- Therefore, we consider BPMN notation as the only currently viable solution for Business Analysts
- Transformation from BPMN to (readable) BPEL is quite hard to implement, and produces --- when correct --- hardly readable code.
- Therefore, we may wonder why BPMN is transformed to BPEL since there
exist a graph-based standard that maps directly BPMN constructs ---
namely XPDL v2.0
- Of course, one may claim that XPDL 2.0 lacks some execution specifications that makes him (sic) unsuitable for direct execution.
Although I am generally a fan of Intalio, Pierre provides a good example of the problems they get when BPMN is used as though it is a convenient graphical expression for BPEL. In particular, a real business analyst can express the process in valid BPMN which is then transformed by Intalio into BPEL which bears little relation to the designer's intention. Worse, the Intalio developers have removed valid BPMN constructs
I am less concerned about the round-trip issue. If the BPMN is transformed by a product into an execution language which then remains untouched by human developer hand why we should care about the readability of that executable code? The answer is that the maturity of product development in BPM does not give users much faith that the generated code will do what we expect.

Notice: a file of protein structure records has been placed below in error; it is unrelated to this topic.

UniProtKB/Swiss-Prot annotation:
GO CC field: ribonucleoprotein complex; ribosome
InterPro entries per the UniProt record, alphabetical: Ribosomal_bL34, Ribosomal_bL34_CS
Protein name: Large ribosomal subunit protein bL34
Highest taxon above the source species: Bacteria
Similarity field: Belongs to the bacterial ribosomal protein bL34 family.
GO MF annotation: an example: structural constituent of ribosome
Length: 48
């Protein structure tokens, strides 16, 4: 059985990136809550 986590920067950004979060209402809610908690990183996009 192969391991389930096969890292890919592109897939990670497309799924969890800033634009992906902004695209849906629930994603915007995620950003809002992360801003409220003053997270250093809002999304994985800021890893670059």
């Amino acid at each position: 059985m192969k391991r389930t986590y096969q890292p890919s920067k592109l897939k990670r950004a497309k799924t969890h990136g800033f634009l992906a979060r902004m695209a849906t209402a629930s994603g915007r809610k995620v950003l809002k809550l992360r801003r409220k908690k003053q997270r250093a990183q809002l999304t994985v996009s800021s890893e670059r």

If we concentrate on developing BPMN into the way of real business analysts express the business processes and assume an automatic transform into a executable, the choice of implementation paths is only of concern to product developers. Out in the real world we can judge their products by the ease with which we can describe the processes that we find (as-is) and design (to-be).